From the pronouncement “war is god” to the line “If god meant to interfere in the degeneracy of mankind would he not have done so by now?” the terrifying and enigmatic antagonist, Judge Holden, moves with unadulterated power through the entire novel. The Gnostic influences are evident both in his philosophy and his determination to judge not only the men around him but the very world itself. This dovetails with the grim actions of the gang and how they interact and shape the Texas-Mexican border through their own violent actions. It is an amazing novel.

I can’t promise you will like Blood Meridian. One suspects many readers will be turned off by the unremitting (almost uncaring) violence and the cold, enigmatic ending. We have been conditioned to believe violence must mean something, that it must have cause and thereby fit neatly within our dualistic universe. Books, movies and television have conditioned us to believe the world must be righted if canted over, and all will be wrapped in a neat, pretty bow before the credits roll. That simply doesn’t happen in this novel. Because, as Judge Holden argues via his very actions, violence just is.

I definitely recommend this novel. And, if you write westerns of any type, you would do well to read this American masterpiece and perhaps learn something from it about the western genre, and maybe even yourself. It’s that powerful.

“In One Stride Comes the Dark” is the anchor story in a new anthology

My new Haxan story “In One Stride Comes the Dark” is now available in the anthology Beast Within 2: Predator and Prey from Graveside Books. I am really excited about this because I appear with some very good writers, and got to work with a fantastic editor, Jennifer Brozek. But, also, my Haxan story is the anchor story of the whole anthology!

I mean, really, how awesome is that? I am very flattered by the recognition. Anyway, if you’re interested, here’s the link to Graveside Books. The anthology is also available at other places like Amazon. Thanks!

I got a new guitar!

Last weekend I bought a brand new classical guitar. It’s an Orpheus Valley Sofia handmade by Kremona, a small company in Bulgaria. Yes, you heard me right, Bulgaria. Kremona makes some beautiful instruments and I’ve got one!

I’ve been practicing and playing with it. Wow. The sound is fantastic with deep and tonal quality. It’s a true classical quitar so the strings are a little farther apart for the intricate fingerwork that style demands. It has a cedar top, mahogany bridge, bone nut and Savarez strings. It’s magnificent and I think I’m in love. The rosette around the sound hole is simply gorgeous, too.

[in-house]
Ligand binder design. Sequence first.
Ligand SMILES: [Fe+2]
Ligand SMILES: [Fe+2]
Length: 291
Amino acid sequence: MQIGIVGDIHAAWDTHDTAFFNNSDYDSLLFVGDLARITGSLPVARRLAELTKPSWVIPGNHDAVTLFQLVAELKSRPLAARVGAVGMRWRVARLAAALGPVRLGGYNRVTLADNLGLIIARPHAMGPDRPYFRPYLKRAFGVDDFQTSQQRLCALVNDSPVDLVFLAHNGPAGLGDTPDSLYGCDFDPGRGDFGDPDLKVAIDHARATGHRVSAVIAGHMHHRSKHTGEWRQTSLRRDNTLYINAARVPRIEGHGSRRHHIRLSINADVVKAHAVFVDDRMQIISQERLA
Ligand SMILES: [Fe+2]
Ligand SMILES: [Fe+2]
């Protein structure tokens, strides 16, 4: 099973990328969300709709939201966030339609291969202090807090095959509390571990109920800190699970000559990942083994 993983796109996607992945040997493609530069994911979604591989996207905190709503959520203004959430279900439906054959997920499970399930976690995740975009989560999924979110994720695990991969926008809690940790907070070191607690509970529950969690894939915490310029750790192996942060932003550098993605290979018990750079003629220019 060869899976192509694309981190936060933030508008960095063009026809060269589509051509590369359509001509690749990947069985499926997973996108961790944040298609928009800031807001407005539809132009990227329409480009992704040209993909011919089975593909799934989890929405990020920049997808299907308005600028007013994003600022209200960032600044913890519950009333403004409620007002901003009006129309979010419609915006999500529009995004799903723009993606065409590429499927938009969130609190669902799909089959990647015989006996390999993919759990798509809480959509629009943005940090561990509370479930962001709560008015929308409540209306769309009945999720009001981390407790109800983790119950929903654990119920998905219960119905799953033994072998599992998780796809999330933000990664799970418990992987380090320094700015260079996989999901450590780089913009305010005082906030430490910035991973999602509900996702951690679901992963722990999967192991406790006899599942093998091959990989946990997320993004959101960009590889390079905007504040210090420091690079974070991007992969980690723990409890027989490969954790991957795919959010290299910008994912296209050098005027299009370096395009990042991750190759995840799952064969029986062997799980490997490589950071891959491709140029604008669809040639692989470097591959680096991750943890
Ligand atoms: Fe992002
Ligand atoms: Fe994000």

I just love it. Here’s an Internet pic. Maybe someday I’ll take one myself with my camera when I’m not so lazy.

On Book Cover Design

Now that I’ve decided to self-publish my back log I took the advice from friends and went through my books looking at covers, etc. I made some notes about it. I’m sure this is all stuff you guys already know, but it helps me to get it straight in my mind and process it. So here are the notes I made as I went through my library. They are only general impressions and not meant to be inclusive.


Cover Ideas: What works, what I like, what catches the eye.

Sacajawea — obvious historical romance cover.

Anthologies have “broad” covers, non-specific, but speak to content.

Non-fiction — historical B&W photographs or maybe illustrations. Covers can be thematic like the McMurtry novels. Series have a specific look that ties the individual stories into a whole, making everything immediately recognizable. Covers often reflect some element about the title (or genre) of a story.

Titles should be easy to read — dark on light background or light on dark. Dynamic (action) covers are really hard to do, I think, but are often seen in some specific genres like fantasy.

A series has a tag-line to let reader know what line the story belongs to: A Haxan Story, Matt Helm, J.B. Thriller, etc. Immediately recognizable and gives reader cue to buy the story, if he likes the series and knows he doesn’t have it. Quiller is another series.

My series stories: Haxan, Sugawara, Mama Luiz, etc.

“First Time in Paperback” (or print)

Genre novels have a script, format or art specific to them, for the most part.

SF — spaceships. Fantasy — dragons.


I found this exercise helpful. It made me see some generalities I might be able to use later on. The problem with generalities, though, is they can so easily fall into cliche, so I really want to avoid that. Next I will study layout and arrangement of elements on the covers.